"Jose Canseco, Hero" -- Novelist Michael Chabon, author of The Amazing Adventures of Kavalier & Clay, expends 1,900 words on the NYT op-ed page to explain his hero worship of the ballplayer (whom a player's agent told me twelve years ago was "the Typhoid Mary of steroids"), without it ever occurring to Chabon that the reason he admires Canseco so much is precisely because Jose was loaded with synthetic masculine hormones.
While Chabon is more eloquent, his feelings are the same as those rhesus macaque monkeys who pay (in juice) to look at pictures of dominant male monkeys.
I used to think Chabon was dishonest. His novel about two Jewish teenagers in pre-WWII New York who invent a Superman-style character to express their opposition to Hitler, avoids all mention of the Hitler-Stalin pact of 1939-1941, which caused no end of conflict at the time of the novel in the Jewish Communist circles the story is set in, but is most conveniently forgotten today for purposes of demonizing McCarthyism. Chabon's novel also features another pet peeve of mine, the character who turns out to be homosexual despite having no traits at all that correlate with homosexuality.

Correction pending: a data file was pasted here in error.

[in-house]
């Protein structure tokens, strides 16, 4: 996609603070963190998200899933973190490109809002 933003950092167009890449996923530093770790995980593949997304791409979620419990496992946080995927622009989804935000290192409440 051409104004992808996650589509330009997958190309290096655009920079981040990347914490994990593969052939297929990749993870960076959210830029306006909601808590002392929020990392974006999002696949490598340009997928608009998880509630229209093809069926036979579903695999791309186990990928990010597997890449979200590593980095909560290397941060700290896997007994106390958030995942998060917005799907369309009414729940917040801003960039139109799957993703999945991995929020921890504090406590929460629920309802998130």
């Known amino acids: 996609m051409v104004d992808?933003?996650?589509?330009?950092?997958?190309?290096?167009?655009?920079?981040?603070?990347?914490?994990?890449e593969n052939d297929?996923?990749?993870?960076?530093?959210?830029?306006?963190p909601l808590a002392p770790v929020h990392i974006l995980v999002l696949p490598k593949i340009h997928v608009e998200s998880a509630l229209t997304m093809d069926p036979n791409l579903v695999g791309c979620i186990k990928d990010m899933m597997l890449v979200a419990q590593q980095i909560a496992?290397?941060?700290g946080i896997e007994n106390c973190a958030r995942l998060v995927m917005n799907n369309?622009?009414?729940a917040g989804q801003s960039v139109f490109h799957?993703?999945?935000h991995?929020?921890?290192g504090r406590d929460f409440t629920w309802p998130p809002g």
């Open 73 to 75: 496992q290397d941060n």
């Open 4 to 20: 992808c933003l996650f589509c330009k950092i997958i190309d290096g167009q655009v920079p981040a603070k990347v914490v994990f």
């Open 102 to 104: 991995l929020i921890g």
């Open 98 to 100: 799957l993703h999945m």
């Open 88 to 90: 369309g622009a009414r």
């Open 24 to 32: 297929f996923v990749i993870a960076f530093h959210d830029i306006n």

But, perhaps I was wrong. Judging from this essay, Chabon, despite being wildly articulate, has no more self-awareness than those hero-worshipping monkeys.